When we got to the school, we had to seek permission from the headmistress and check with her that everything was okay so we could move. But the headmistress was not happy with my hair. She insisted that I had to shave it before we left. So off we went to look for a barber. Once I had shaved it, she was happier, and we knew we were ready to leave.

As soon as we could after the visit to the barber, we were off to Accra. The trip was amazing: we had a lot of conversation and shared lots of jokes. It made me feel so comfortable; actually, it got to a point where we all fell asleep.

But soon, we woke and found that we were approaching our destination. One of the team said he wanted to buy food, and asked that as soon as we got into town we find a place to eat. When finally we got to the part of Accra where we were to meet our hosts, we were all tired and very hungry. But first I had to meet and greet Ms Nana Adjoa Hackman.

She was very busy at the office but we were allowed to meet her and say hello quickly. When I saw her again, I was lost for words. I suppose I was surprised to see the way she was in her daily work setting.

Drive to Inspire – Africa/Nana Adjoa Hackman welcomes Angela Kwao to Accra
Nana Adjoa Hackman welcomes Angela to Accra

Not to waste much time, we moved quickly to Asaase Radio, where I would be going for my internship. The Drive to Inspire – Africa team had told me that I was to stay with Ms Nana Yaa. We had not met before, so I was impatient to meet her.

While waiting for her, we used the time to go through orientation. And just as we were finishing up, I finally met a cute lady with passion, just like Ms Nana Adjoa Hackman. This was Ms Nana Yaa. She asked me lots of questions and we had a long conversation. Then, around 6pm, we took off from Asaase.

I was so happy when we finally we got to Ms Yaa’s home, a quiet and simple house. I was able to settle in, take a shower, have supper and have a good night’s sleep, ready for the next day.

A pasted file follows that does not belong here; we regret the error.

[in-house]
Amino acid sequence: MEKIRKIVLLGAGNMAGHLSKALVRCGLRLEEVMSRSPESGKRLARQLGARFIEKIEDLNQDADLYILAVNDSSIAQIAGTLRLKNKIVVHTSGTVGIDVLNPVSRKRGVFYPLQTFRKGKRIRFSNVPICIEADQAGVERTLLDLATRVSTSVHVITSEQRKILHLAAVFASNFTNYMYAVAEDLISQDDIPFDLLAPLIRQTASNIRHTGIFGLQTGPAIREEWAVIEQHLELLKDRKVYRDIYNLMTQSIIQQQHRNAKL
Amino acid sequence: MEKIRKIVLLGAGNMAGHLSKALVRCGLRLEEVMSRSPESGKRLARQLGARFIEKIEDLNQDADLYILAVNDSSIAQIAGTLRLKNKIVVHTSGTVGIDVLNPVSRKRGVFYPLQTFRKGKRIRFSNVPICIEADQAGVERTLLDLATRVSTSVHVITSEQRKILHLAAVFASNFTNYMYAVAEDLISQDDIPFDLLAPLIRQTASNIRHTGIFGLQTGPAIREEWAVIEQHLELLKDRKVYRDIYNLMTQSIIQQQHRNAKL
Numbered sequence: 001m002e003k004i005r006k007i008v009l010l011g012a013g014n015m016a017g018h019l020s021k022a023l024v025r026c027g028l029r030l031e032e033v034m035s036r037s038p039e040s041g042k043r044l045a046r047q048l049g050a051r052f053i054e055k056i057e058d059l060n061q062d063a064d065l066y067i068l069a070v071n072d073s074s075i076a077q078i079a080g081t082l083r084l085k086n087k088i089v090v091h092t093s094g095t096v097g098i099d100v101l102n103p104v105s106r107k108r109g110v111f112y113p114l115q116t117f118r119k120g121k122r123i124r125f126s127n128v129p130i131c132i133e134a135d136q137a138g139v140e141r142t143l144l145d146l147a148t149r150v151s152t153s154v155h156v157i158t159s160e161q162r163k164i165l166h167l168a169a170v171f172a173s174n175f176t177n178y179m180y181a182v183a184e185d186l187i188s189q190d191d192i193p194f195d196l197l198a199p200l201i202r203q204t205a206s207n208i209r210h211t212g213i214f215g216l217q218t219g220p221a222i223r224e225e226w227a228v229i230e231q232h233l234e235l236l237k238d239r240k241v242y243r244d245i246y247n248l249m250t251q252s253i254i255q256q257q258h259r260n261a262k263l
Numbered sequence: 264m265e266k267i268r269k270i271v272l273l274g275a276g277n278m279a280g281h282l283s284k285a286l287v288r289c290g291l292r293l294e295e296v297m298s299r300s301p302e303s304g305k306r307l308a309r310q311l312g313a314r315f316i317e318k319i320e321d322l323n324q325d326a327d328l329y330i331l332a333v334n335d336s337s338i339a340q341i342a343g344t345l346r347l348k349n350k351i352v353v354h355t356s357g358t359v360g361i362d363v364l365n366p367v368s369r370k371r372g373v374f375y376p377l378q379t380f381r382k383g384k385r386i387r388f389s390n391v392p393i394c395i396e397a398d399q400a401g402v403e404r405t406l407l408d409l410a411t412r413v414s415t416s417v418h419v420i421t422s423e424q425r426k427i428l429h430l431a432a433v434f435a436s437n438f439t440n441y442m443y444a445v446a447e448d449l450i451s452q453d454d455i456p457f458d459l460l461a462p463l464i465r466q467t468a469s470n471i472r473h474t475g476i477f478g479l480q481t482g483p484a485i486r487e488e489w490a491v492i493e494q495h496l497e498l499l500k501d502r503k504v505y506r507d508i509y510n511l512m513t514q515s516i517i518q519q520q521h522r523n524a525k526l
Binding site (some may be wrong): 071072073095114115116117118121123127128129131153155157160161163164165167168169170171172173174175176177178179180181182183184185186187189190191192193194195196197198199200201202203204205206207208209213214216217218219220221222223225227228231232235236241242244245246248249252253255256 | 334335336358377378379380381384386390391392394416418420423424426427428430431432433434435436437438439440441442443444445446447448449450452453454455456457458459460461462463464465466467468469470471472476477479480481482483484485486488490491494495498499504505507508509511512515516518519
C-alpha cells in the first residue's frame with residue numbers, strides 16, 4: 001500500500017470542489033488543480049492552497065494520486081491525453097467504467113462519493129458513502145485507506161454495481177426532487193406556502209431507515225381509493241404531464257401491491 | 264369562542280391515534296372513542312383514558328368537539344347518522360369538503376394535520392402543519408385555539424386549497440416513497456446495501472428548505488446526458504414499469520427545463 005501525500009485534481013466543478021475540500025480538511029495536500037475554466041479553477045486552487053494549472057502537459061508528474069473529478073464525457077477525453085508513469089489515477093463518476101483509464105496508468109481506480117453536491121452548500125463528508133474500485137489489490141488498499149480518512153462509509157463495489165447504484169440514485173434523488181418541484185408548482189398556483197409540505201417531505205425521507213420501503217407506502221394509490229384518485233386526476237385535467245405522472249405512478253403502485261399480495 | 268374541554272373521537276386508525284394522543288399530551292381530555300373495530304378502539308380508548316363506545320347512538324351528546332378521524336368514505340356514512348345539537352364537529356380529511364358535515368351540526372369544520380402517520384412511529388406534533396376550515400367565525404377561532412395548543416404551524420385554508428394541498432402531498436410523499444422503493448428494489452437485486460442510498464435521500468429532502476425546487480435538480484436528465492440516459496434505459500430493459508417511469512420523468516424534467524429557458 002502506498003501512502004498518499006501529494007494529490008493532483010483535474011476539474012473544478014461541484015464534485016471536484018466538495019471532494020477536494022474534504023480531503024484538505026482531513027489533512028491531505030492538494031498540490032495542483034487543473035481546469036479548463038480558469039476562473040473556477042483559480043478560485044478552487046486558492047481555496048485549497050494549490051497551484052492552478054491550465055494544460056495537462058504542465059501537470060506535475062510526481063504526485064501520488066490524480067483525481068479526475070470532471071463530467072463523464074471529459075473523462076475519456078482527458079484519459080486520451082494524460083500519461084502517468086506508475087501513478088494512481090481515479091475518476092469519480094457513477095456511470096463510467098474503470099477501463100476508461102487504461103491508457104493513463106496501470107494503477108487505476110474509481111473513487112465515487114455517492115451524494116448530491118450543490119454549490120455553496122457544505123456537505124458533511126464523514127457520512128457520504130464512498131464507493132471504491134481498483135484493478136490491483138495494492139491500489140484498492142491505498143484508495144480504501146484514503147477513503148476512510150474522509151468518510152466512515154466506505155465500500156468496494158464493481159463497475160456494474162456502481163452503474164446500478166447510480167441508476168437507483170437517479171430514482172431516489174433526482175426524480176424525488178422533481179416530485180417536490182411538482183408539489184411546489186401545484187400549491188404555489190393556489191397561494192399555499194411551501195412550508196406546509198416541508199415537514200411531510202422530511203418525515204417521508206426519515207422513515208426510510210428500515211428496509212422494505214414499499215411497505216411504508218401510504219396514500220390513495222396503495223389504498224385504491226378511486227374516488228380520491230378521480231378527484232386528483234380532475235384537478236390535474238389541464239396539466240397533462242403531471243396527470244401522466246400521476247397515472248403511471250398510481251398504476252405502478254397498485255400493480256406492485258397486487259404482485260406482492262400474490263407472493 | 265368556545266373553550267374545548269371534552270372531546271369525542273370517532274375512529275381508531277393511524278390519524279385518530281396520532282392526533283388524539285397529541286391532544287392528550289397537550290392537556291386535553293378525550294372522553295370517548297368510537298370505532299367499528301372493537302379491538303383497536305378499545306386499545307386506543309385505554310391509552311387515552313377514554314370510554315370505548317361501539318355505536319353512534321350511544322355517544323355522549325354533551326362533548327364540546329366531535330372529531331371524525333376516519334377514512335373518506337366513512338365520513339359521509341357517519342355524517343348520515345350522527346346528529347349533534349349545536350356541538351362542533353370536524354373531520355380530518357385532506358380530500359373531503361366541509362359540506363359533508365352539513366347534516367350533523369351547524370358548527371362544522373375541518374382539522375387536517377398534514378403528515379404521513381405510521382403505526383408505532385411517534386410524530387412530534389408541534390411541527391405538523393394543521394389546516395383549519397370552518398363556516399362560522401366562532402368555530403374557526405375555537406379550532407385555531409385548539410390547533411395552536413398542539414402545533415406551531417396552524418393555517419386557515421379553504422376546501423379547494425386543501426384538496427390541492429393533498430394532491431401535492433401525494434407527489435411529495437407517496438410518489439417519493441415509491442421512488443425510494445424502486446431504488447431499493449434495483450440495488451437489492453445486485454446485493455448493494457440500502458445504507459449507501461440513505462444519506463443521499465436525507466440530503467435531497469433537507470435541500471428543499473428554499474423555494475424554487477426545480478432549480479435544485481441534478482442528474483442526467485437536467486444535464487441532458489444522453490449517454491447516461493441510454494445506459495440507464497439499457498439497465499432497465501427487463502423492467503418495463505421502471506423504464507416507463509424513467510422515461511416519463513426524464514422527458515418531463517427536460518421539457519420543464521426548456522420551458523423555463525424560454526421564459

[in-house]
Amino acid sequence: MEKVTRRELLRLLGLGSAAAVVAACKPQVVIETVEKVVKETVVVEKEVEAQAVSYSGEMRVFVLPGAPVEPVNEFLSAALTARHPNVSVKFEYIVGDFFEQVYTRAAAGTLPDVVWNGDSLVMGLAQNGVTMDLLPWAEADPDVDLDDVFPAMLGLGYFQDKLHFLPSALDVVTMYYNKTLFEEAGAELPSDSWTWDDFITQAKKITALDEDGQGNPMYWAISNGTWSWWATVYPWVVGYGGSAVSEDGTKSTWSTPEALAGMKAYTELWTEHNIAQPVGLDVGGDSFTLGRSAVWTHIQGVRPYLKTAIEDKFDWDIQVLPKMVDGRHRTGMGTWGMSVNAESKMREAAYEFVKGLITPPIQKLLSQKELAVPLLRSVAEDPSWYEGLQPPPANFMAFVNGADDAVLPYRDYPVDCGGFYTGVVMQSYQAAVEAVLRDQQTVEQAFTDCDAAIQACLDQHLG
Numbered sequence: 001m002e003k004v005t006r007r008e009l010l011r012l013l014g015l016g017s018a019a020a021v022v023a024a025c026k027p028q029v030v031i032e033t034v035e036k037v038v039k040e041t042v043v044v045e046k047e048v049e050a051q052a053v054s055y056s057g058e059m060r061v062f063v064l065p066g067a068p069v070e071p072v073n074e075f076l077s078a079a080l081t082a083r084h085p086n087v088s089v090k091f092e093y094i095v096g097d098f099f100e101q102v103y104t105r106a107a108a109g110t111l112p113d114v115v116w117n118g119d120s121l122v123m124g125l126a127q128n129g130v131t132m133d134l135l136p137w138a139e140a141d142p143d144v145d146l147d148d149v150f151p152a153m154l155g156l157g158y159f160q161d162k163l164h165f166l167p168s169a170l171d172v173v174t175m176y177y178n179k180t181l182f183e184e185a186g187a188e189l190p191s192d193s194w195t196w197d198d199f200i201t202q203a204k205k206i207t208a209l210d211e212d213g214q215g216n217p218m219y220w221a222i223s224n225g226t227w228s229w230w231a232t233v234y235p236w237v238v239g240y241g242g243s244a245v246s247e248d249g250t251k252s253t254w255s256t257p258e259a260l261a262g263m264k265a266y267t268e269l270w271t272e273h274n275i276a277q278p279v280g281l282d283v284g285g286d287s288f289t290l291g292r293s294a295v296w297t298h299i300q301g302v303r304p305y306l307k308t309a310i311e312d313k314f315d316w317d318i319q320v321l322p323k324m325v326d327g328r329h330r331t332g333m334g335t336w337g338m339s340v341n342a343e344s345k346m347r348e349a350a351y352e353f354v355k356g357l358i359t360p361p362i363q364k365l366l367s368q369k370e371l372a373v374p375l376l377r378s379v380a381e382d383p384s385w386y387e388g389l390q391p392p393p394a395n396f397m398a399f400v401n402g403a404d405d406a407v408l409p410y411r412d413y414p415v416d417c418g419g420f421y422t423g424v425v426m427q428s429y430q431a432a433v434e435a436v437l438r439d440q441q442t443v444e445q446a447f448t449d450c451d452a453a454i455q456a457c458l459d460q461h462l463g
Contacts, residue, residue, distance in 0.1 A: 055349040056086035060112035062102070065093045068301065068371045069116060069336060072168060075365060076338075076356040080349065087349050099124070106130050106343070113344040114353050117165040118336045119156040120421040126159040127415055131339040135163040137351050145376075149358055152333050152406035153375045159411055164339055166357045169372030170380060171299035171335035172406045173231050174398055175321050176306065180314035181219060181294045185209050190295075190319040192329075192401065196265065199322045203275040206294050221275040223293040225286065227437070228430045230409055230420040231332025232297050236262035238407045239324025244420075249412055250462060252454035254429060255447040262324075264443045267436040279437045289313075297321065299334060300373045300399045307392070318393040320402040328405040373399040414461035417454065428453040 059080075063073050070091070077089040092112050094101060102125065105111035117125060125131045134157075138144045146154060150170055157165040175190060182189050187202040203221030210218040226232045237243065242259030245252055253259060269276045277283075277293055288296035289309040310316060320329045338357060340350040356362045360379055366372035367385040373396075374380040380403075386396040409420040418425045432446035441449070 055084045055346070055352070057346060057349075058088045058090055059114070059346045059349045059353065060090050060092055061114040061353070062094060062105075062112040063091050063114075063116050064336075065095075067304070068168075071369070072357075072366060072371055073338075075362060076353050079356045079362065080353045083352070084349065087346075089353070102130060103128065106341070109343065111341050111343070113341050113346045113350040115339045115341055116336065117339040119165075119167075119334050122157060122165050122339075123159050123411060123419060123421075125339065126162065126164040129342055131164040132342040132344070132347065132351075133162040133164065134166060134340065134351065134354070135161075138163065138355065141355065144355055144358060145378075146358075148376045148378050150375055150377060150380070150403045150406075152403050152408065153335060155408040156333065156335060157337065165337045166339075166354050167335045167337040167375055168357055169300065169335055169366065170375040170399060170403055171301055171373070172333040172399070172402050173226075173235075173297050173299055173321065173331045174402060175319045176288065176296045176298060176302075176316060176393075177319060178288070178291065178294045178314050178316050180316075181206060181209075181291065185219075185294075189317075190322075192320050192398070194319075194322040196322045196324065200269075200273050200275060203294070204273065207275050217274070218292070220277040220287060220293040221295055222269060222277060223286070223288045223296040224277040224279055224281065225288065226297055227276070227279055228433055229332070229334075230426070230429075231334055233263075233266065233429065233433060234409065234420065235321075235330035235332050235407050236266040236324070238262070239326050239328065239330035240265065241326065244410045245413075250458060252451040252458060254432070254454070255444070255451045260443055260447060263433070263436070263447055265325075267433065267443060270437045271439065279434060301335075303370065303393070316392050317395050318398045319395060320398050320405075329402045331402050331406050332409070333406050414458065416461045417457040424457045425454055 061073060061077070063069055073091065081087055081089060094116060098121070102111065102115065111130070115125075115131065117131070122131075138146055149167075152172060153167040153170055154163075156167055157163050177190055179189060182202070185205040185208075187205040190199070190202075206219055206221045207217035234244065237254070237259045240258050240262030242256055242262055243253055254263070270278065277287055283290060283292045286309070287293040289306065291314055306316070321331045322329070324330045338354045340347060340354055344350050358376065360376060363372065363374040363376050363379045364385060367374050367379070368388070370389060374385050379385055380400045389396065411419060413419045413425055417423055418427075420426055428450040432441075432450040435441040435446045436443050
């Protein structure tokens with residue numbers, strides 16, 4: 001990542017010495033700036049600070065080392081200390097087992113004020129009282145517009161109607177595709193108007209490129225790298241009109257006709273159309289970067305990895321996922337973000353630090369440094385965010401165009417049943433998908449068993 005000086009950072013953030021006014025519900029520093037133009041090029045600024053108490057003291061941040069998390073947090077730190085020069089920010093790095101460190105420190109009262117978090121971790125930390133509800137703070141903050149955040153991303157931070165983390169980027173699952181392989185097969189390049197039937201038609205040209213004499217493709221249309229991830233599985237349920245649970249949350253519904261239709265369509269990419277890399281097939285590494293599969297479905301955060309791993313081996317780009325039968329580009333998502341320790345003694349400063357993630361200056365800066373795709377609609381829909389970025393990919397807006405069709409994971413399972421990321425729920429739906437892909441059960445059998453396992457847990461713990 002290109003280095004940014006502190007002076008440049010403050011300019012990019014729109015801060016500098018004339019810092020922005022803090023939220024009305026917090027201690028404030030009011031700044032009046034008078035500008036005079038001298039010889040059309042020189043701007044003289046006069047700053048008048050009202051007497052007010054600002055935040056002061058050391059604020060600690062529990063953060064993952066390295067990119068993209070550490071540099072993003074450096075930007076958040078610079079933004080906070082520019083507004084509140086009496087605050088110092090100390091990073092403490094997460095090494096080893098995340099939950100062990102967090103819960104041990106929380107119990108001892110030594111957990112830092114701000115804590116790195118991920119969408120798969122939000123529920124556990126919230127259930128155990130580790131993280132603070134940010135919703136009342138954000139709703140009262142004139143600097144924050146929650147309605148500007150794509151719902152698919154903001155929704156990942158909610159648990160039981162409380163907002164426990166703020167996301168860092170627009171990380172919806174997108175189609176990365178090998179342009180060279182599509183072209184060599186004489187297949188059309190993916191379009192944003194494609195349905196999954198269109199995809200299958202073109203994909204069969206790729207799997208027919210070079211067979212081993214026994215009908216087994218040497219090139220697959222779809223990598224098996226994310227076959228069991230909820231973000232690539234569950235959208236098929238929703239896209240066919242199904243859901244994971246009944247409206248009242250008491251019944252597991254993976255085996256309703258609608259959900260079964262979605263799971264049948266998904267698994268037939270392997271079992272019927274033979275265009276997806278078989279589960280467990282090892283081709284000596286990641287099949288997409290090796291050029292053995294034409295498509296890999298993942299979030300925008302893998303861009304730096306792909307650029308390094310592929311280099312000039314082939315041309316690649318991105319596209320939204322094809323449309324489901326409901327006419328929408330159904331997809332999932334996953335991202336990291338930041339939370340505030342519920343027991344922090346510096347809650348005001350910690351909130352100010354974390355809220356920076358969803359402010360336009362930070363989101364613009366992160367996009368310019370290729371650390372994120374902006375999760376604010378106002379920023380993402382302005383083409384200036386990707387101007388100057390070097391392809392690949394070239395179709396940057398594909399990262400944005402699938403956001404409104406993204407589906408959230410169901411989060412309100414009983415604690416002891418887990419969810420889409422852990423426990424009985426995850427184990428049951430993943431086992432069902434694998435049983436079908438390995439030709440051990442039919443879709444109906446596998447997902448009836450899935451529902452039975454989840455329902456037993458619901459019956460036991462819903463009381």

Friday 2 February

An office car picked me up for work at 7am and we made our way through heavy traffic to the Asaase office. I started work with my mentor, Ms Gemma.

Today was a rollercoaster of a day. I have learned a lot of things all at once: how to write a lead story, how to use the desktop computer at work, how to read the news, and so much more.

So, on Friday, which was the 2nd of February, I was introduced to the members of the newsroom team who I had not yet met. I attended the 8am newsroom editorial meeting, where the team planned the news for the 12 o’clock news and observed the senior news reporter at the studio while she was presenting The 12 O’Clock Report. Then there was another editorial meeting at 1pm.

After that, I went to lunch, and I relaxed for the day.

Saturday 3 February

On Saturday, I had the opportunity to visit the Asaase outside broadcast (or OB, for short) which was happening at Corridor Gardens, a sports bar in East Legon.

It was amazing, a very good atmosphere.

The OB is covering matches from the African Cup of Nations (AFCON) in Abidjan. The whole sports team was there, with a senior technician.

The visit with Ms Nana Yaa gave me a chance to watch how Asaase does live sports news. Princeton Wiredu, Asaase’s sports correspondent, took me through how he prepares sport reports.


Sunday was for rest. I stayed at home, had a chat with Ms Nana Yaa, soaked up the environment, wrote up my notes, took lunch, did my washing, and relaxed.

Part two of Angela Kwao’s journal describing her internship at Asaase will appear shortly on